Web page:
My professional mission is to use my diverse set of skills to improve social outcomes at scale, particularly for populations or sectors that have been historically disadvantaged.
The main requirements for me is that it is in an organization that strives to do good for society and in a context in which improvements in that work impact a large population of people. This includes designing and implementing sensible data infrastructure that meets the criteria for effective data use: that it provides immediate and relevant data, is accessible, and provides information to organizational leaders that is actionable. I use the term “infrastructure” specifically because I believe such work requires the building of an integrated system that builds in capability over time, rather than an ongoing series of one-off analyses. Analyses and reporting become a dividend of well designed infrastructure and require very little additional effort to produce. In contrast, when an organizational team focuses on producing distinct technical products, each requires team member time and resources, and it never benefits from the advances in technical capability that modern data systems and software development practices support.
I have a unique background to oversee the development of such a data infrastructure for community-focused organization because of the unique combination of my research and work background. My research background is quite diverse; I have published articles, reports, and conference presentations on teacher effectiveness, the use of data and research for decision-making, the role of collaboration in the production of research, and the impact of policy on organizational actors. The binding thread in these diverse areas is my interest in using a systems approach to understand the impacts of organizational decisions and how to improve them. Because of the wide array of topics, I might be best termed a methodologist as I focused my coursework on learning both broadly and deeply about research methods, everything from hierarchical linear modeling to social network analysis to ethnographic interviewing.
My research work stands parallel to my work as a software developer. For roughly ten years, I was a full stack Senior Developer at the McDonnell Genome Institute, which included all elements of the project management and implementation workflow from gathering initial requirements from non-technical stakeholders to building the database schemas necessarily to integrate new data into the existing infrastructure. I was the project lead to develop a large-scale business intelligence OLAP database, have very efficient automation and programming skills, and have been a senior team member in the development of web application systems, data infrastructure platforms, stand alone projects, and distributed systems. While I left The Genome Institute in 2011 to begin my graduate studies, I have integrated my software development skills in all of my work, building collaborative platforms and databases to facilitate research projects and automating analyses of the organizations with which I have worked.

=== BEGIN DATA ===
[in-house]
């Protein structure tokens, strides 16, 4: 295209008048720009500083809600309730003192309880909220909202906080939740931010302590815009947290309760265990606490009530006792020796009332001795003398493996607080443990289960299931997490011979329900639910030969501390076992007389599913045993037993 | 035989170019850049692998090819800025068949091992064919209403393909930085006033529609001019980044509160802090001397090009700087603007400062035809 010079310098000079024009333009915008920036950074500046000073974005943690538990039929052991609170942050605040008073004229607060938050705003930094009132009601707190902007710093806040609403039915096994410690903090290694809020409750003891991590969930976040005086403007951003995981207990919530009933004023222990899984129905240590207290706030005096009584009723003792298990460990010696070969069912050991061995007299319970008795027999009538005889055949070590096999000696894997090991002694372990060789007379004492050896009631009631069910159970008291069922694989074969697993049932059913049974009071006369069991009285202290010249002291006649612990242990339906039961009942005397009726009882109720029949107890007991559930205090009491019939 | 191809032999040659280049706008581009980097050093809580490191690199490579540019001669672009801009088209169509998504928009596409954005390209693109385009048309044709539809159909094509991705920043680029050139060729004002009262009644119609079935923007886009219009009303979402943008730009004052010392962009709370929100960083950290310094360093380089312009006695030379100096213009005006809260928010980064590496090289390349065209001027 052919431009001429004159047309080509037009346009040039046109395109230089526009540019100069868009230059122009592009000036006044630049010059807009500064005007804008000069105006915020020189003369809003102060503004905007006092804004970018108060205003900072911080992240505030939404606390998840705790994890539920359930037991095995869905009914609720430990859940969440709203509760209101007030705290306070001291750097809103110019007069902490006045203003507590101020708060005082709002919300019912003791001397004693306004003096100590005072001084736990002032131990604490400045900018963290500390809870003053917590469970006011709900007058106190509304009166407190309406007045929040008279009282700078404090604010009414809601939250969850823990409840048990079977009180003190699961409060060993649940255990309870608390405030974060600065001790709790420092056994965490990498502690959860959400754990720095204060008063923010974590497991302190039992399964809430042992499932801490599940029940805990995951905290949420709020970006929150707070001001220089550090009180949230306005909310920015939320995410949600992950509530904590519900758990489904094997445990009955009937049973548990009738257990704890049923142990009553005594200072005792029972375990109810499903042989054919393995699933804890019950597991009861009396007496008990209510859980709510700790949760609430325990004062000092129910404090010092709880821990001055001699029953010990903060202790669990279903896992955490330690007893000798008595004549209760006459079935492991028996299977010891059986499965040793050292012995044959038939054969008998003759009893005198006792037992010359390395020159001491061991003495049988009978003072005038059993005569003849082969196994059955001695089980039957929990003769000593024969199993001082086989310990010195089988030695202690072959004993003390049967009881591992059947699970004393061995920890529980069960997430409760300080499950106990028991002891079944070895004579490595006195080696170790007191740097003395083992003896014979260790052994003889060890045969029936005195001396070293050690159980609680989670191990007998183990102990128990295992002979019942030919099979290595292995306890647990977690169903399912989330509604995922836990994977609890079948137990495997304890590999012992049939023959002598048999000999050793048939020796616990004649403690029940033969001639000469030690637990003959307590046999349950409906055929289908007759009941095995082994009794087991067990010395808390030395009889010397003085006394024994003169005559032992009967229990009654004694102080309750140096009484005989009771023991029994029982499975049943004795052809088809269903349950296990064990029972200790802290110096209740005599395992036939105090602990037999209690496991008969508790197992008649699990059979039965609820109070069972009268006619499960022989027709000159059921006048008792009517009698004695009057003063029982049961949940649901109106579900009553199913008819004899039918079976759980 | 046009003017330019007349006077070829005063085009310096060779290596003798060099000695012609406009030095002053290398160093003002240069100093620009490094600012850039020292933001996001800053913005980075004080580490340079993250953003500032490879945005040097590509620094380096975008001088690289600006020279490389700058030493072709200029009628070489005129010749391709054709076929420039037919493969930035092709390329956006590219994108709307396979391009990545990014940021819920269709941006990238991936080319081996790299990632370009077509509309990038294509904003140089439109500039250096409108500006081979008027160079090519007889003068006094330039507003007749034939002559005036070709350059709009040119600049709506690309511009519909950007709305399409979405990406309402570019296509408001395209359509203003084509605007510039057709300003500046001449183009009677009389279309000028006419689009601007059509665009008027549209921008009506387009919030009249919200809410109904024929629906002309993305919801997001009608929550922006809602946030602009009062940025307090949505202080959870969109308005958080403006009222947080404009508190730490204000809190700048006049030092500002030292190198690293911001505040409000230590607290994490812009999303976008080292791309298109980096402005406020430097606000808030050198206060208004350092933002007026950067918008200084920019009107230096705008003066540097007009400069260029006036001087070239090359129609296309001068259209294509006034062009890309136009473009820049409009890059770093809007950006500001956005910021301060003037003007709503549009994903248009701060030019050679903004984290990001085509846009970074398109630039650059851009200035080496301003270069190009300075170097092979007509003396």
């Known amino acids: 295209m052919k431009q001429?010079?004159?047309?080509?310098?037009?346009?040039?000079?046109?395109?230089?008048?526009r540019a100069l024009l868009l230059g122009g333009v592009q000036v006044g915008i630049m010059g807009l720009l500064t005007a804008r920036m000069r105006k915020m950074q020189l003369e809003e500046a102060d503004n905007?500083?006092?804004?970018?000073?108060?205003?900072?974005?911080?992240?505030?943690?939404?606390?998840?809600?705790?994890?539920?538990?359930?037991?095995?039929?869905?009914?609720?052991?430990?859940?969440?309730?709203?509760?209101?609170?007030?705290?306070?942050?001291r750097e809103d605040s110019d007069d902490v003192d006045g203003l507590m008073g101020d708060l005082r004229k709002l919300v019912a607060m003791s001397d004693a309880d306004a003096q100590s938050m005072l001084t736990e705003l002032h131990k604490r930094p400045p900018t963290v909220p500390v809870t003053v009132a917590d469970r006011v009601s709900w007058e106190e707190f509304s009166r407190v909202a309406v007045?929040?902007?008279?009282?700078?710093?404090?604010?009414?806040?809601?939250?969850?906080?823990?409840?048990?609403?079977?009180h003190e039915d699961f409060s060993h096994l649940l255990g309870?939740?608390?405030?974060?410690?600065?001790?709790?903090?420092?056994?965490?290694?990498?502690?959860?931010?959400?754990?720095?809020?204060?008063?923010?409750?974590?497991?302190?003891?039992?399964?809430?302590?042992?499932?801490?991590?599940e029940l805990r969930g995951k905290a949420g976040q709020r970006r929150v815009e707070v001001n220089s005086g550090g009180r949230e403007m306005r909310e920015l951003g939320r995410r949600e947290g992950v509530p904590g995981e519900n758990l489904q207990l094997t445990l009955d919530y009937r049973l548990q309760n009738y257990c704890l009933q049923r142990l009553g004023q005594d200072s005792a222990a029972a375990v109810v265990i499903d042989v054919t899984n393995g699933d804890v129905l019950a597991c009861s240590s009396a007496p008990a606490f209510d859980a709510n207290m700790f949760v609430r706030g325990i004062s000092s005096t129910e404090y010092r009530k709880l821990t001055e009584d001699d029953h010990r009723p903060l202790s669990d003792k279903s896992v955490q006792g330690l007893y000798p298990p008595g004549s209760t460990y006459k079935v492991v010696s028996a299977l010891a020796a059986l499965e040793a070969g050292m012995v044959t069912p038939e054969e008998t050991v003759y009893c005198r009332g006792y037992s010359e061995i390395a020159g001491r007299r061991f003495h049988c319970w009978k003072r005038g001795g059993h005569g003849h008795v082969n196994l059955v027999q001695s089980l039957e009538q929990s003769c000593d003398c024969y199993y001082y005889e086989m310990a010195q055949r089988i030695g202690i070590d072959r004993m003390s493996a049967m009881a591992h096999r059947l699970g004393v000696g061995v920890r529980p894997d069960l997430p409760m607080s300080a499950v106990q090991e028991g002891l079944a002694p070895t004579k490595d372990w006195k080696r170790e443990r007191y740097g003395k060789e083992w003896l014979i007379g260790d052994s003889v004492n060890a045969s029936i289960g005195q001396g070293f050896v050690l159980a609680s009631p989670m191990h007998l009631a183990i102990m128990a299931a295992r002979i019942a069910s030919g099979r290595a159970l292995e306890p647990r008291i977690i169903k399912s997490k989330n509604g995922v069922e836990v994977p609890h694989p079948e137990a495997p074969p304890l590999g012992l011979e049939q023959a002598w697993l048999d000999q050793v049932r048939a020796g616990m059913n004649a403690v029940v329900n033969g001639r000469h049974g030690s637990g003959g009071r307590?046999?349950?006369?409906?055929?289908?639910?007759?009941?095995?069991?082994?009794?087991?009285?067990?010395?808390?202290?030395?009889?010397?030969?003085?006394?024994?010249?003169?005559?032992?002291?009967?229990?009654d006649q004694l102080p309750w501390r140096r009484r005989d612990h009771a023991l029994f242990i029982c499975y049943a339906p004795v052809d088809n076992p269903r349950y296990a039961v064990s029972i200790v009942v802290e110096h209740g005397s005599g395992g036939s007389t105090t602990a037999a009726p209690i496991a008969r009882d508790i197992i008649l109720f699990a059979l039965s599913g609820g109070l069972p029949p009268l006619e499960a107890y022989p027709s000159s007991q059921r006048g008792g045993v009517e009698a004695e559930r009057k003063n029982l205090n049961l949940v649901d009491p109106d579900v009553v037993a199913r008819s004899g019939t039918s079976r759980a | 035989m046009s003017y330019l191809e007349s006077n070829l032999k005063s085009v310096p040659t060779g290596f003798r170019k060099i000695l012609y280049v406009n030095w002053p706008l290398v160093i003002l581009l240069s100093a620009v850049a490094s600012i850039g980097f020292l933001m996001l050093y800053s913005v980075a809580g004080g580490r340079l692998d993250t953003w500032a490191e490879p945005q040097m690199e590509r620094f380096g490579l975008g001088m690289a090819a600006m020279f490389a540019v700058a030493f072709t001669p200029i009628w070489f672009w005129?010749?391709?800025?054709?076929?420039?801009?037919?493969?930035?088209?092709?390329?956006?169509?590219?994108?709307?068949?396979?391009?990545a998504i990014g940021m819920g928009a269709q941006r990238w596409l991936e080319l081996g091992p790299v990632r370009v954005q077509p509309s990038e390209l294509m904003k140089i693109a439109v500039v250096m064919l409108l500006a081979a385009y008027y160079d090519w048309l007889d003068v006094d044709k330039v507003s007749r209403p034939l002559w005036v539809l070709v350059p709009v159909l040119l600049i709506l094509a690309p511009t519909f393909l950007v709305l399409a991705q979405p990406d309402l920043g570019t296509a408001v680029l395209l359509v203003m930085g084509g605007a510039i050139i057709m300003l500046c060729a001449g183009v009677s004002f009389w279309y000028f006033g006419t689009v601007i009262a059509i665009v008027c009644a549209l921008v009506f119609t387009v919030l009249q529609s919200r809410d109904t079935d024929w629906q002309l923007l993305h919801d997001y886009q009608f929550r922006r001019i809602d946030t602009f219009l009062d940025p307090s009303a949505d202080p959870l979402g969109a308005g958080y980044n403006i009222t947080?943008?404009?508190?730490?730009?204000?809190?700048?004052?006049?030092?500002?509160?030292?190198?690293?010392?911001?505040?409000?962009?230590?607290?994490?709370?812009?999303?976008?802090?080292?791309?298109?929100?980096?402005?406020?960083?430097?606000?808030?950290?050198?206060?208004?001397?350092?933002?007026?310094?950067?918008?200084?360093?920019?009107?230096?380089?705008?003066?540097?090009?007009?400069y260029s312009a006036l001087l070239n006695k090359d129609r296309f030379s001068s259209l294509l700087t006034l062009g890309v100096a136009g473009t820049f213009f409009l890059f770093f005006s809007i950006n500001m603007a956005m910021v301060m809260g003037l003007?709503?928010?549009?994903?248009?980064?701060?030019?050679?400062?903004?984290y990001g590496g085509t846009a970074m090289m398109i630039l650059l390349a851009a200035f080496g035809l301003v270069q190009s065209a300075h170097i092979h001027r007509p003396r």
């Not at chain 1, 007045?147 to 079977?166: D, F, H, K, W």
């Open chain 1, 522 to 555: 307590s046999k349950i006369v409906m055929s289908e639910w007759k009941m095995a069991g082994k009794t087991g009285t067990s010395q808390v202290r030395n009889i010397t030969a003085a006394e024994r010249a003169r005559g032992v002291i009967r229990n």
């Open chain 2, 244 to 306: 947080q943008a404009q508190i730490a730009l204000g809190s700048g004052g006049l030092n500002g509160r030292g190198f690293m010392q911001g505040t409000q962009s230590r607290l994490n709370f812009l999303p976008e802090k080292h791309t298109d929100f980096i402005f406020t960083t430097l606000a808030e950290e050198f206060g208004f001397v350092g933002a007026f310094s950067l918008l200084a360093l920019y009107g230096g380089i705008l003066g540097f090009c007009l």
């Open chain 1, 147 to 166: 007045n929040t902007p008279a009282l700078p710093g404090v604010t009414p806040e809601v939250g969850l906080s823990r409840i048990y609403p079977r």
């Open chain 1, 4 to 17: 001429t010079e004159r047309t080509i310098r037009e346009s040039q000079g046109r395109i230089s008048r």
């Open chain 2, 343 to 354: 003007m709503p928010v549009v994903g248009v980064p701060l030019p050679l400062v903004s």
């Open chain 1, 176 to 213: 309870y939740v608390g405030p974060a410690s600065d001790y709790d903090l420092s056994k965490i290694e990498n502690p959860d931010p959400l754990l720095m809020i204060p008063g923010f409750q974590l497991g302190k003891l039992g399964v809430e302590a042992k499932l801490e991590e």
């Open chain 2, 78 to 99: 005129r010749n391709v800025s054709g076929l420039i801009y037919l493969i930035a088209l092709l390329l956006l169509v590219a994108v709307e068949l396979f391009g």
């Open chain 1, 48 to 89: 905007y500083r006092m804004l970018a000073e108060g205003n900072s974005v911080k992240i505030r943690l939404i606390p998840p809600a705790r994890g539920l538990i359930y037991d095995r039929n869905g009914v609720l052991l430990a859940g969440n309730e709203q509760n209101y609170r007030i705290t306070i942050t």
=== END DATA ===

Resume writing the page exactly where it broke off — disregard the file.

In each context, I have expanded and integrated my proficiencies to come to the current vision for my work and what can be done. Computer programming and database design are necessary tools to create a data infrastructure for large organizations to make better and more data-informed decisions, but the understanding of what the data suggest, what conclusions are appropriate, and what analyses can be responsibly done in such contexts requires a sophisticated understanding of organizational research methods that I have developed through the second phase of my career.